Thursday, November 17, 2005

New Template and Poetry Reading.

At tea last week, my dear friend Ann noted that reading light-colored letters on a dark background was hard on her eyes. I'm chagrined that I didn't think of this myself--there are certain publications that I don't even pick up anymore because their fancy layout/typography was clearly designed by young mind-altering-substance users who believe their eyesight will never deteriorate.

Voila, the eye-friendlier new Megastore.

Last night, I read poetry at the City Art reading series. Always a funny experience, the poetry reading. For me, it goes like this: I get asked to read. I'm happy and flattered. A few weeks before the reading, I start to assemble a list. I remember that Hector Ahumada, the Chilean poet, once said you should always read only new work. Regardless of whether this is good advice, I allow myself only to select new work. My list of new work then sets the revision agenda.

If things are good, I start revising in a deliberate way well ahead of the reading. Things are really never good. I start revising the day before the reading. Or the day of the reading. Yesterday, I spent the day revising.

It was a good day. I was home with Bruiser, who, stunningly, had nearly nothing to contribute to the revision process. No advice about line breaks, structure, diction, whether a version of a poem was self-pitying or condescending. Nothing. Nonetheless, I forged on. By the time the reading rolled around, I had a dozen poems in pretty good shape.

About the time I'm done revising, aka a couple of hours before the reading, all my writing turns to shit. It's the same writing of course, it just takes on the unmistakeable appearance--the odor, even--of shit. I gather this sheaf of sad, bad poetry together, put on my best poet clothing, and head on down to the City Library. Too bad such a beautiful building is going to host such a terrible reading of terrible, terrible poems.

The nice guy--excellent poet Joel Long--who coordinates the reading series introduces me and says very kind, glowing things about me. If only he knew what awful poems I was about to read! Then, I get up, say a self-deprecating thing or two, then commence.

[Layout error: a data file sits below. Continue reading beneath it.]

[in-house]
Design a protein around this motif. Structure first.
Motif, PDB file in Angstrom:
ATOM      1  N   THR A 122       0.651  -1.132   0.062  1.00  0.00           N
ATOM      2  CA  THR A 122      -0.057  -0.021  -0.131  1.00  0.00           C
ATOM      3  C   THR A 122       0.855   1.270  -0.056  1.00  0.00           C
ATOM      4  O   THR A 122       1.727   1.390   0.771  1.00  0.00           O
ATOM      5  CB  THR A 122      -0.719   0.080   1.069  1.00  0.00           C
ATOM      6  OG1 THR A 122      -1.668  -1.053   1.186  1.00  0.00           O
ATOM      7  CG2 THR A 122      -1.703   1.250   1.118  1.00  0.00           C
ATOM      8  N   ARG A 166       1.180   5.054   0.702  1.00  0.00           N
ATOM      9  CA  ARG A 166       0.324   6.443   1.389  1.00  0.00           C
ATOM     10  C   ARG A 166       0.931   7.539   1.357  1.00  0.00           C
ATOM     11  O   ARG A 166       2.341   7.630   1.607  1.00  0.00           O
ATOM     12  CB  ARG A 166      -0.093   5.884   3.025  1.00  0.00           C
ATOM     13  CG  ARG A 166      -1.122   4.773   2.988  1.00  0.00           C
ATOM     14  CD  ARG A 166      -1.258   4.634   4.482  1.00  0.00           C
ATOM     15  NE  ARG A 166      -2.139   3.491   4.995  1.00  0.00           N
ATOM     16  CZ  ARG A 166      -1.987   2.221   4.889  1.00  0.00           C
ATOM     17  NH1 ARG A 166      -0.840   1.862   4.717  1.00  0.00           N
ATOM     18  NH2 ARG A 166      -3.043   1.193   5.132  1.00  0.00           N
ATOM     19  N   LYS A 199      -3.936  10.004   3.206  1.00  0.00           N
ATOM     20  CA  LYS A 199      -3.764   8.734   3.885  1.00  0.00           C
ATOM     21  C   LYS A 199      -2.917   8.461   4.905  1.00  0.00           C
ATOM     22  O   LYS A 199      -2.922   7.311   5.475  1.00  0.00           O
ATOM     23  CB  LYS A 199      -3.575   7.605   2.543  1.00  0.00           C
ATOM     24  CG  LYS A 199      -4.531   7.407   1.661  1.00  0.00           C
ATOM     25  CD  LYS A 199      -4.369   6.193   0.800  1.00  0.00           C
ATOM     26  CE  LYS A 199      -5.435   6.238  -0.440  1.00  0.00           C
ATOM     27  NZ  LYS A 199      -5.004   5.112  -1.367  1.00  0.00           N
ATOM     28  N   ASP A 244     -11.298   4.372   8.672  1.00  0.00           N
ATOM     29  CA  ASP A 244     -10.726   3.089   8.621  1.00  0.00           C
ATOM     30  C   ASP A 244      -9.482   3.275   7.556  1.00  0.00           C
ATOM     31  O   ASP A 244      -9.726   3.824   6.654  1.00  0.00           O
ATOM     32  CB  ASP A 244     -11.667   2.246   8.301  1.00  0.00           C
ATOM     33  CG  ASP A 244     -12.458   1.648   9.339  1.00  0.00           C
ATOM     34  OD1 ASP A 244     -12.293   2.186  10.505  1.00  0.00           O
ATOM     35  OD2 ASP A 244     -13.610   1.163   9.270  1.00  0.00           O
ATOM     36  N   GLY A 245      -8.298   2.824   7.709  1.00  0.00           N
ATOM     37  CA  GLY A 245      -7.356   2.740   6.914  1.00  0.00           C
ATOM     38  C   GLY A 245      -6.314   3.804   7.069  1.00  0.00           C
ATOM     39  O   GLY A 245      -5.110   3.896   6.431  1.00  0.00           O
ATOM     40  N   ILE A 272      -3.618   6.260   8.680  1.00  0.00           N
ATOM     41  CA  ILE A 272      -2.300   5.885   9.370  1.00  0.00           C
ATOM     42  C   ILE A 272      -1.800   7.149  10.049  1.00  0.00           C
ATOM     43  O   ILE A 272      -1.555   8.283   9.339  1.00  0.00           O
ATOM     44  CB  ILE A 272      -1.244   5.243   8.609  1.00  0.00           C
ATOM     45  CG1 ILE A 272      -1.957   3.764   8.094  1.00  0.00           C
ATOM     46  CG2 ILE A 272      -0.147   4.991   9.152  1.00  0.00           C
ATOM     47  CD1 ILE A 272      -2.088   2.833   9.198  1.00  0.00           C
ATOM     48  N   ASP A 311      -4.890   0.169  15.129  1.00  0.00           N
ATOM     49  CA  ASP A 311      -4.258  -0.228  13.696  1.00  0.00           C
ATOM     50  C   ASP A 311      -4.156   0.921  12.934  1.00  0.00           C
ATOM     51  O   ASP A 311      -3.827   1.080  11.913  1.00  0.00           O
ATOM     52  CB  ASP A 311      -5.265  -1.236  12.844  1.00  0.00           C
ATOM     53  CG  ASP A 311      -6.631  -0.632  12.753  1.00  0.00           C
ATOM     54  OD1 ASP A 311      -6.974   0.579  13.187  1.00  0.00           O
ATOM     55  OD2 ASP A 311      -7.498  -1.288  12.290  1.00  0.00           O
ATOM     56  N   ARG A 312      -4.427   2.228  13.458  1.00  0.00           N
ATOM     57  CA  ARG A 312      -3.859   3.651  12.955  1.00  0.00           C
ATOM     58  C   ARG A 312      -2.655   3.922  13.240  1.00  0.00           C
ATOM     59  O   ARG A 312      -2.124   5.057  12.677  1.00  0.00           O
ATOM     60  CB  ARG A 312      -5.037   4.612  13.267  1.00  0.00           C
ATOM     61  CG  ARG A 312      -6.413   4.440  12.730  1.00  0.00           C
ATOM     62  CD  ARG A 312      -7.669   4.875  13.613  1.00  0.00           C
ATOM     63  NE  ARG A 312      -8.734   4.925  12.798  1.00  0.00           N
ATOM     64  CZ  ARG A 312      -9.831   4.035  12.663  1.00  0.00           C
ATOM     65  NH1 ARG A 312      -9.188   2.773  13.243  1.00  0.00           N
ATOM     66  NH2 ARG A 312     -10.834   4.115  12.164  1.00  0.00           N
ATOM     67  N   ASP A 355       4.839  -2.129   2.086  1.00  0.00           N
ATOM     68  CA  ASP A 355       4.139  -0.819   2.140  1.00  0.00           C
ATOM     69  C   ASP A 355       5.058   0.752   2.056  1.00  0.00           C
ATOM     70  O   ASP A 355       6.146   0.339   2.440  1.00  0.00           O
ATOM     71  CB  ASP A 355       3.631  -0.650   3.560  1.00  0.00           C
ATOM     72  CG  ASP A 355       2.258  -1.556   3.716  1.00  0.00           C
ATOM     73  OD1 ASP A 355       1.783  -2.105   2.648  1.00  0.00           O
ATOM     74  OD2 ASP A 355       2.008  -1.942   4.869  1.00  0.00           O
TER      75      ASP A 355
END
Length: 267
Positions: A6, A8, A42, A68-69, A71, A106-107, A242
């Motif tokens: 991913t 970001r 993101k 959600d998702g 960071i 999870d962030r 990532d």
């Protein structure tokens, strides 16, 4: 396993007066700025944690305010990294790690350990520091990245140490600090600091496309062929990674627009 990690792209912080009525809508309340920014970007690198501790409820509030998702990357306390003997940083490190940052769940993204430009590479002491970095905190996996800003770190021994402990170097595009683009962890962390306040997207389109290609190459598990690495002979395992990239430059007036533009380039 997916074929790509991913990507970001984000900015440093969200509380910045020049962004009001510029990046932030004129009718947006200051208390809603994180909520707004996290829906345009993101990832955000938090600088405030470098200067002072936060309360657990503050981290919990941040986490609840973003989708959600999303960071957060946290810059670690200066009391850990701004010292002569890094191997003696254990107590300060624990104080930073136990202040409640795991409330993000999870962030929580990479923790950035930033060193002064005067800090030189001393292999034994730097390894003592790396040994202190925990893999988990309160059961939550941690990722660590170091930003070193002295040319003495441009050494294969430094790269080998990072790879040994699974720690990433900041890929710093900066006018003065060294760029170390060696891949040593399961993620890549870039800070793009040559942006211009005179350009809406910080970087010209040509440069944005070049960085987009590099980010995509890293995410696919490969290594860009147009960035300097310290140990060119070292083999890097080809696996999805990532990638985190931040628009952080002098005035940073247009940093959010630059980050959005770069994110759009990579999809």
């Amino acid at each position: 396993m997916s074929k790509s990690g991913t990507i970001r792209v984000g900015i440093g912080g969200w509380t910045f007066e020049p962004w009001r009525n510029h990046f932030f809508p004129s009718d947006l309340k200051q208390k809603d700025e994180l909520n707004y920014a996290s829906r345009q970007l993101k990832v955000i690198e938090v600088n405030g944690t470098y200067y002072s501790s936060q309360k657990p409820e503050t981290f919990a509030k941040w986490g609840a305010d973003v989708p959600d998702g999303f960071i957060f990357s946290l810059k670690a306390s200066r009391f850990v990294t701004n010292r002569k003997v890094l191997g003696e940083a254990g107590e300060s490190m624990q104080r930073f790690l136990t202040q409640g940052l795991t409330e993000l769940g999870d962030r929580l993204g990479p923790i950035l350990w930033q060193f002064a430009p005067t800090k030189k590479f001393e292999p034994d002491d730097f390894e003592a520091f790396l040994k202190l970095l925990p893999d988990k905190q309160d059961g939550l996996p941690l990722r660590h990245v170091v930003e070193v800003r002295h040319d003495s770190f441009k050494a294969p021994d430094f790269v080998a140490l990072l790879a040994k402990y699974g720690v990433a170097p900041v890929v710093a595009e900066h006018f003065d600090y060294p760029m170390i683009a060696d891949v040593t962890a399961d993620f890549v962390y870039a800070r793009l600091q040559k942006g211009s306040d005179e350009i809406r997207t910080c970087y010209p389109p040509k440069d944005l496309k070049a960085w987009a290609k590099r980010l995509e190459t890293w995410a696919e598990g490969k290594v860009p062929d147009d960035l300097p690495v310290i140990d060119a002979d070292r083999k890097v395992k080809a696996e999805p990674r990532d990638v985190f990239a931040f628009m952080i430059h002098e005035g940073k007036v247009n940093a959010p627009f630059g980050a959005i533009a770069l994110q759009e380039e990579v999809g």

In the reading, the poems don't sound half bad. "Not half bad," say to myself as I'm reading, which distracts me a little. Occasionally I stumble over a word while encouraging myself mentally. Before you know it, I've read for 25 minutes or so, my little pile of not-so-bad poems depleted. I say thanks and mean it, and then I sit down.

The next reader gets up, my friend Kim Johnson. She's a wizard of wordplay. Her poems are dense and playful, lively, sharp. I'm able to give myself over to enjoying them because I'm done and I did okay. At least okay. After it's all done, there's milling about, friends and strangers who say kind words, and it's over.

So that's how it went down at the poetry reading.


  1. I've never had to read (at a reading) and I hope I never ever have to. I think there is pressure to read funny stuff (even if it's not your best work) because that's what works with crowds. I expect I will crash and burn the first time I have to read anything in public.

  2. 1) I like the new template--though I'll always remeber lisa b's darker days.

    2) Dr. Write enjoyed the reading--especially your part.

    3) I am going to your next reading, and if we don't have a baby sitter, well, Dr. Write's staying home.

  3. I'm a bit late on this, but glad I got the low down on your reading. I remember asking you about how it went but didn't get these kinds of details--I or we were probably busy rushing off somewhere. Maybe the naysayers--technology isolates us, etc.--are wrong: I just learned something about you, a real live colleague I see daily, which I'm sure I wouldn't have ever learned in "real" life.



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